Food Science and Biotechnology

, Volume 22, Issue 6, pp 1501–1508 | Cite as

Hypocholesterimic effects of cold and hot extracted virgin coconut oil (VCO) in comparison to commercial coconut oil: Evidence from a male wistar albino rat model

  • Yashi SrivastavaEmail author
  • Anil Dutt Semwal
  • M. S. L. Swamy
Research Article


The hypolipidemic effect of cold extracted virgin coconut oil (CEVCO) and hot extracted virgin coconut oil (HEVCO) compared to commercially available coconut oil (CCO) was studied using male wistar rats. Groups were designated as control, hypercholesterimic control (HC Control), HC+10% (CEVCO), HC+15% (CEVCO), HC+10% (HEVCO), HC+15% (HEVCO) and HC+15% (CCO). Control rats were fed a basal diet while other groups were initially fed a hypercholesterimic diet (2% cholesterol and 0.25% bile salts) for 15 days, then fed with CEVCO or HEVCO (both at 10% and 15% levels), and commercial coconut oil (15%) for 30 days. Total cholesterol and LDL cholesterol levels were significantly (p<0.05) decreased by approximately 25 and 40%, respectively, in the blood plasma, while HDL cholesterol increased significantly (p<0.05) by approximately 21% in HEVCO fed rats. Tissue cholesterol and triacylycerol (TAG) levels in both liver and heart tissues decreased significantly (p<0.05) in CEVCO and HEVCO fed animals, compared with CCO fed rats.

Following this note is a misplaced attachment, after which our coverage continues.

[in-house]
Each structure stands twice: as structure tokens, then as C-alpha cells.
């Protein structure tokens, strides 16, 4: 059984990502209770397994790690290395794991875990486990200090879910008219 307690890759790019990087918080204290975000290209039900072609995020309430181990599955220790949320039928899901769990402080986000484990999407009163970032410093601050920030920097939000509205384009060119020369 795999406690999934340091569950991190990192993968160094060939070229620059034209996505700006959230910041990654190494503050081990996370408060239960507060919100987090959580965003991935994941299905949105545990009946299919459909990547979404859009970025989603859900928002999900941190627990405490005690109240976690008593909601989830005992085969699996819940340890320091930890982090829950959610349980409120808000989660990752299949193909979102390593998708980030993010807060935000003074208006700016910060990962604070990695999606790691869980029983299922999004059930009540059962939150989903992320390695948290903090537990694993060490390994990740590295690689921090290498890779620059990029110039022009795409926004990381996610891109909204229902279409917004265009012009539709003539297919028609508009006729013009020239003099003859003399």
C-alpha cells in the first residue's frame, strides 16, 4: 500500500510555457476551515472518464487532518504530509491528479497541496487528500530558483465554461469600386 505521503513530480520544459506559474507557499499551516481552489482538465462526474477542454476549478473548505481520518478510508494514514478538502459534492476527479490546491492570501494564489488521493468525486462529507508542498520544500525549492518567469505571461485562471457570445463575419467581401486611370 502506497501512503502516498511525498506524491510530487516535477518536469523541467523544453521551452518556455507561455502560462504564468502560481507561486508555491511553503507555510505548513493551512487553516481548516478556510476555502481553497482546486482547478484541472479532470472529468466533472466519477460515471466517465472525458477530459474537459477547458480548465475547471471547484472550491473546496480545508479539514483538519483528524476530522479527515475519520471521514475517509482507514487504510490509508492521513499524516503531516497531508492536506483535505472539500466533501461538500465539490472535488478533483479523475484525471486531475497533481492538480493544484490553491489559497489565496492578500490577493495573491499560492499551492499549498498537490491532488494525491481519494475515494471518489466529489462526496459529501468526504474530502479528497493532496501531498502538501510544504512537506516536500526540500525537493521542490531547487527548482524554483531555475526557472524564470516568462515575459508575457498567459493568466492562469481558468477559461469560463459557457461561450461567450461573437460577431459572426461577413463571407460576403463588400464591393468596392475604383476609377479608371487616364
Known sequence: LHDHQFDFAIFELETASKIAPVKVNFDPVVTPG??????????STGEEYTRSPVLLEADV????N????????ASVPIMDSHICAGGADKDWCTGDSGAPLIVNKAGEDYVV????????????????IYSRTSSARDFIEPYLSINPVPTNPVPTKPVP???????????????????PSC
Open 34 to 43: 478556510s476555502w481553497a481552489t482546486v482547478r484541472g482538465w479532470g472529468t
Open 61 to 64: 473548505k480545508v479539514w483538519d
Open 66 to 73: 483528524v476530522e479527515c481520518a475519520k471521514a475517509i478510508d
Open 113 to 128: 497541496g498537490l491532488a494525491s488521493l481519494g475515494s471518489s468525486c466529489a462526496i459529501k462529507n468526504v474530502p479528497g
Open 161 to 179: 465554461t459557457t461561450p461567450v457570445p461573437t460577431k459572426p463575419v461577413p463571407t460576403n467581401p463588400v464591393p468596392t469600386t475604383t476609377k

virgin coconut oil low density lipoprotein (LDL) high density lipoprotein (HDL) total cholesterol (TC) triacylycerol (TAG) 


Unable to display preview. Download preview PDF.

Unable to display preview. Download preview PDF.


  1. 1.
    Keys A. Seven Countries a Multivariate Analysis of Death and CHD, Havard University Press, Cambridge, MA, USA. pp. 55–60 (1980)Google Scholar
  2. 2.